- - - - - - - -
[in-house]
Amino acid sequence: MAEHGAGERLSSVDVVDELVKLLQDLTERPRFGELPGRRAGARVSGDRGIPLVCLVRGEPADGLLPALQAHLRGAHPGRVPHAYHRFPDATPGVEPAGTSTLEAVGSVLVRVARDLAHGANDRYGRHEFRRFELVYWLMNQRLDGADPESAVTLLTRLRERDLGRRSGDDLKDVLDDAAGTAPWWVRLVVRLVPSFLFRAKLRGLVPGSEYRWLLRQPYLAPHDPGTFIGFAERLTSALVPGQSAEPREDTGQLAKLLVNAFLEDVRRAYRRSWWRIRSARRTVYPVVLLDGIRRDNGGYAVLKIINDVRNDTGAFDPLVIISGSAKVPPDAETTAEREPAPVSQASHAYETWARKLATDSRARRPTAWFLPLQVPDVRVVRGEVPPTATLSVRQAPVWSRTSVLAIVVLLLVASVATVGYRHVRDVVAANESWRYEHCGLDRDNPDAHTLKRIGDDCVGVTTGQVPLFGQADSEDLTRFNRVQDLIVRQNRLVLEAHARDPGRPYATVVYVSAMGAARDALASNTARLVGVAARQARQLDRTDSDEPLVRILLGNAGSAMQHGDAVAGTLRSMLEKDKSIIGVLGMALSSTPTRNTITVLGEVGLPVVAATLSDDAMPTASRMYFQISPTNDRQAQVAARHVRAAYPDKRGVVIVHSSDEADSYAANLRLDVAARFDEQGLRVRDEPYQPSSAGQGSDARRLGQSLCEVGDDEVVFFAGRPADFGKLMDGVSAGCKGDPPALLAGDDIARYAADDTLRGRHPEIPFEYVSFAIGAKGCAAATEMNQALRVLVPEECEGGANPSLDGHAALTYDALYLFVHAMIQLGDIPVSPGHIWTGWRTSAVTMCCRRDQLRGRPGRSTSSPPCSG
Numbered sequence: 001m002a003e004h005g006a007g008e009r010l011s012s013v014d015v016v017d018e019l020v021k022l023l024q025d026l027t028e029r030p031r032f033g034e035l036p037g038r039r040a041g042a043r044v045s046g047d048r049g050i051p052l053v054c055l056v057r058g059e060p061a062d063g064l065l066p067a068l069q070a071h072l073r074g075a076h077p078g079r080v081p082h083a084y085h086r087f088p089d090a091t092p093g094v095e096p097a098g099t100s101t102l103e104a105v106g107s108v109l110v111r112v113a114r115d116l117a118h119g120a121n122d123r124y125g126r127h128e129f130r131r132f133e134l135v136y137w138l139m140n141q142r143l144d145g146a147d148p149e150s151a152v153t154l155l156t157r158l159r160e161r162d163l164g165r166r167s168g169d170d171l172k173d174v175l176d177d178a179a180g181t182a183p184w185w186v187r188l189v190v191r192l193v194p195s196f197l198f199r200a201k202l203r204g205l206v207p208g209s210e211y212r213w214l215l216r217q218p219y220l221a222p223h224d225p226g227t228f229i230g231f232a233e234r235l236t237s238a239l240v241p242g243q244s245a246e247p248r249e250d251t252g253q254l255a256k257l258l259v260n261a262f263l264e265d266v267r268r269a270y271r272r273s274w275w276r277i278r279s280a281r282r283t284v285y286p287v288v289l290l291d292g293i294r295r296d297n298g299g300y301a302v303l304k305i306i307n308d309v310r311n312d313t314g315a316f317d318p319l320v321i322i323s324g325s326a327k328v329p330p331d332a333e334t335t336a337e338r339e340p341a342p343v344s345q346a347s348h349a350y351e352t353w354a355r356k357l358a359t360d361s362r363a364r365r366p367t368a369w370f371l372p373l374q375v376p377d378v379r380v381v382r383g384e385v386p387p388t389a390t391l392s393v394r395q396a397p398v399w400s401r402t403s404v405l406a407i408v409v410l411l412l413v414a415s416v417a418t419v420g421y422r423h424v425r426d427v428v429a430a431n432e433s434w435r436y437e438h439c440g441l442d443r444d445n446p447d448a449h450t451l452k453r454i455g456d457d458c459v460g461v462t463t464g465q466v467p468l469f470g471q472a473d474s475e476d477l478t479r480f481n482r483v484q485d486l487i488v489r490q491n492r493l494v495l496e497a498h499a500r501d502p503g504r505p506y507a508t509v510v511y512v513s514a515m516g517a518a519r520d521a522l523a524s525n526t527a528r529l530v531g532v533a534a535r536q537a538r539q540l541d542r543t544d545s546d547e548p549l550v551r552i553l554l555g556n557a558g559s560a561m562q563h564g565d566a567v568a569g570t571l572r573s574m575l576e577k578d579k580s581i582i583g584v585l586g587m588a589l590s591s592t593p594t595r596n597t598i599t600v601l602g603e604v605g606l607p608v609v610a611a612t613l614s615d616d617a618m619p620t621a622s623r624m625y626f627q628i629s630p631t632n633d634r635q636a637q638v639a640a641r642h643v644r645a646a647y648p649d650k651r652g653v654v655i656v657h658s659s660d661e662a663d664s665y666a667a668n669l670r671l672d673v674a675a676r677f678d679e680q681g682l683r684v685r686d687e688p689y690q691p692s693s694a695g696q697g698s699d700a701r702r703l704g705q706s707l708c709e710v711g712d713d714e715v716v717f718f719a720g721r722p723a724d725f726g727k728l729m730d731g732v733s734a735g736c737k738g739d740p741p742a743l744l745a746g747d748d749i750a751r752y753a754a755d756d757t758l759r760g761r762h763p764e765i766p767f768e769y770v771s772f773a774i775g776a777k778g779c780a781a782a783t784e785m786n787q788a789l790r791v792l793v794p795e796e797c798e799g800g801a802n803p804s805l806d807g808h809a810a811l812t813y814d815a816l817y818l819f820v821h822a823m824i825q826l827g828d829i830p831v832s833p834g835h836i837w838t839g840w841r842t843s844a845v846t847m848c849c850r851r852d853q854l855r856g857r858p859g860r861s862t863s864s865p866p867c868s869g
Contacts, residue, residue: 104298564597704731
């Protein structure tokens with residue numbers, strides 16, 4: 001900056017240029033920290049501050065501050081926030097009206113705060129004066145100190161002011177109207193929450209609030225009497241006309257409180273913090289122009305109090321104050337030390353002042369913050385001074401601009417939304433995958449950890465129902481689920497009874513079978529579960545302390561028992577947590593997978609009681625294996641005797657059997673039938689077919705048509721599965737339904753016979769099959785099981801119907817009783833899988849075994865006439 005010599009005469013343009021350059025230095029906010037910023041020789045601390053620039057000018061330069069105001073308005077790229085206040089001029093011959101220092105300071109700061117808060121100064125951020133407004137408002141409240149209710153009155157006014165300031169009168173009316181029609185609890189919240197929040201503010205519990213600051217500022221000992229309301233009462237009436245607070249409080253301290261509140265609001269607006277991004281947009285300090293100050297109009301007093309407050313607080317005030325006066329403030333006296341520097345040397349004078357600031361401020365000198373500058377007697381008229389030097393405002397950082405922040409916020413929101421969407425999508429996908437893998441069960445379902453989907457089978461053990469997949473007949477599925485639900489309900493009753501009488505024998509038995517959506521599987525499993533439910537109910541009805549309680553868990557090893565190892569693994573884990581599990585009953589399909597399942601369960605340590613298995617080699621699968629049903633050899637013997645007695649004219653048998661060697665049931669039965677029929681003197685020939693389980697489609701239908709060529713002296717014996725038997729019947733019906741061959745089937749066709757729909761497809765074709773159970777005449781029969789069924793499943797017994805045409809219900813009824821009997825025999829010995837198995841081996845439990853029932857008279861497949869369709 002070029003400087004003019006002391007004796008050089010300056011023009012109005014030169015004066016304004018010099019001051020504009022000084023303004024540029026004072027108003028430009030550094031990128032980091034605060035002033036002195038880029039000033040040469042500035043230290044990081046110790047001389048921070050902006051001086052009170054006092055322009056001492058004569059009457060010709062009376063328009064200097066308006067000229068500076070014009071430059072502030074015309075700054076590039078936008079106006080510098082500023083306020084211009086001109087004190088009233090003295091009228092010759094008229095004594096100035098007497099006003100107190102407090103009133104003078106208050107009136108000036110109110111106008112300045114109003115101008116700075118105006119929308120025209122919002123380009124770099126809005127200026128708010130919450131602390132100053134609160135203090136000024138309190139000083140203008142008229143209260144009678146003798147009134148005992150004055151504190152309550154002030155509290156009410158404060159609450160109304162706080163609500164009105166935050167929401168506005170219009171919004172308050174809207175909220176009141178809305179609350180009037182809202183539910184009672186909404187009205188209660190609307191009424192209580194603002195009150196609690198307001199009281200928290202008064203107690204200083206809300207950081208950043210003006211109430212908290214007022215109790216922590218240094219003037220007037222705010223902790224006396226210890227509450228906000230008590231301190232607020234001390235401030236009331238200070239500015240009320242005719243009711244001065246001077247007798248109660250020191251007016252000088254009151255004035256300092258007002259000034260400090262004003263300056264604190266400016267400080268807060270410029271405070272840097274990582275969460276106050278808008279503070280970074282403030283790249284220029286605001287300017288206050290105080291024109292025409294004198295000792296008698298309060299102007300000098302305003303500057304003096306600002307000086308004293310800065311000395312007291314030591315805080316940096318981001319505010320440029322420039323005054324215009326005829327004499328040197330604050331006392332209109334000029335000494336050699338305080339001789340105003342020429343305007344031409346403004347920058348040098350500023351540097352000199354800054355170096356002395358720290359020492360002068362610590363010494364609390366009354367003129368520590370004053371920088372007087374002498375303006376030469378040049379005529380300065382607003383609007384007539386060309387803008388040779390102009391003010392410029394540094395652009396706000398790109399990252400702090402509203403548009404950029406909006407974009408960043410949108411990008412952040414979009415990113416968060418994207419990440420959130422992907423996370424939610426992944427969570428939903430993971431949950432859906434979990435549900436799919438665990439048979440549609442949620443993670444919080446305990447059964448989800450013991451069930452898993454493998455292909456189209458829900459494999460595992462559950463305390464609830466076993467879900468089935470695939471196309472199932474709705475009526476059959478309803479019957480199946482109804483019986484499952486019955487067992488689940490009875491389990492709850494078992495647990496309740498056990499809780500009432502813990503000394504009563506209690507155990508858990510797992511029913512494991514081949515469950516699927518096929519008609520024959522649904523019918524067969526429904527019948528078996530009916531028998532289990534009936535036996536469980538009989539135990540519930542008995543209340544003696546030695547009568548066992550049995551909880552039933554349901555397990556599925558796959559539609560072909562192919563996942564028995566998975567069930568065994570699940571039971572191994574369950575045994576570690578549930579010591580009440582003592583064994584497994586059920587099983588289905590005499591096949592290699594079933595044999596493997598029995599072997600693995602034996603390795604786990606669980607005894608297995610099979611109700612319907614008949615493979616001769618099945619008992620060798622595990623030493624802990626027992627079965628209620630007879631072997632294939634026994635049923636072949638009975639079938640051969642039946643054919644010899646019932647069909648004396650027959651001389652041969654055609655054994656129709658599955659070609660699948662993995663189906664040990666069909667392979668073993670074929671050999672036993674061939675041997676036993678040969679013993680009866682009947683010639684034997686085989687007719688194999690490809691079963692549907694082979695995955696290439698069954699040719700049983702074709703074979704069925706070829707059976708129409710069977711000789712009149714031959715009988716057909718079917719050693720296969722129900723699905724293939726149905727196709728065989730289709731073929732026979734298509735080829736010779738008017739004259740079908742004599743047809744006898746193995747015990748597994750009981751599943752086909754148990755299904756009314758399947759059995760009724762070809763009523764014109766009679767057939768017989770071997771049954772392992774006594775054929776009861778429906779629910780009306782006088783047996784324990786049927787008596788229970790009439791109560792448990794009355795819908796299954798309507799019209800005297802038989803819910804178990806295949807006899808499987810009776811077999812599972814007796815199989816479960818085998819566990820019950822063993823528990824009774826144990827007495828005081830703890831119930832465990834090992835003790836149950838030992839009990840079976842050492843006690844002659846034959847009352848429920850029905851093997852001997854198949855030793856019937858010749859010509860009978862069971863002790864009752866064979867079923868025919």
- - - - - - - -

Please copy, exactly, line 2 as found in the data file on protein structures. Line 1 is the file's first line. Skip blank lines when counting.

Amino acid sequence: MAEHGAGERLSSVDVVDELVKLLQDLTERPRFGELPGRRAGARVSGDRGIPLVCLVRGEPADGLLPALQAHLRGAHPGRVPHAYHRFPDATPGVEPAGTSTLEAVGSVLVRVARDLAHGANDRYGRHEFRRFELVYWLMNQRLDGADPESAVTLLTRLRERDLGRRSGDDLKDVLDDAAGTAPWWVRLVVRLVPSFLFRAKLRGLVPGSEYRWLLRQPYLAPHDPGTFIGFAERLTSALVPGQSAEPREDTGQLAKLLVNAFLEDVRRAYRRSWWRIRSARRTVYPVVLLDGIRRDNGGYAVLKIINDVRNDTGAFDPLVIISGSAKVPPDAETTAEREPAPVSQASHAYETWARKLATDSRARRPTAWFLPLQVPDVRVVRGEVPPTATLSVRQAPVWSRTSVLAIVVLLLVASVATVGYRHVRDVVAANESWRYEHCGLDRDNPDAHTLKRIGDDCVGVTTGQVPLFGQADSEDLTRFNRVQDLIVRQNRLVLEAHARDPGRPYATVVYVSAMGAARDALASNTARLVGVAARQARQLDRTDSDEPLVRILLGNAGSAMQHGDAVAGTLRSMLEKDKSIIGVLGMALSSTPTRNTITVLGEVGLPVVAATLSDDAMPTASRMYFQISPTNDRQAQVAARHVRAAYPDKRGVVIVHSSDEADSYAANLRLDVAARFDEQGLRVRDEPYQPSSAGQGSDARRLGQSLCEVGDDEVVFFAGRPADFGKLMDGVSAGCKGDPPALLAGDDIARYAADDTLRGRHPEIPFEYVSFAIGAKGCAAATEMNQALRVLVPEECEGGANPSLDGHAALTYDALYLFVHAMIQLGDIPVSPGHIWTGWRTSAVTMCCRRDQLRGRPGRSTSSPPCSG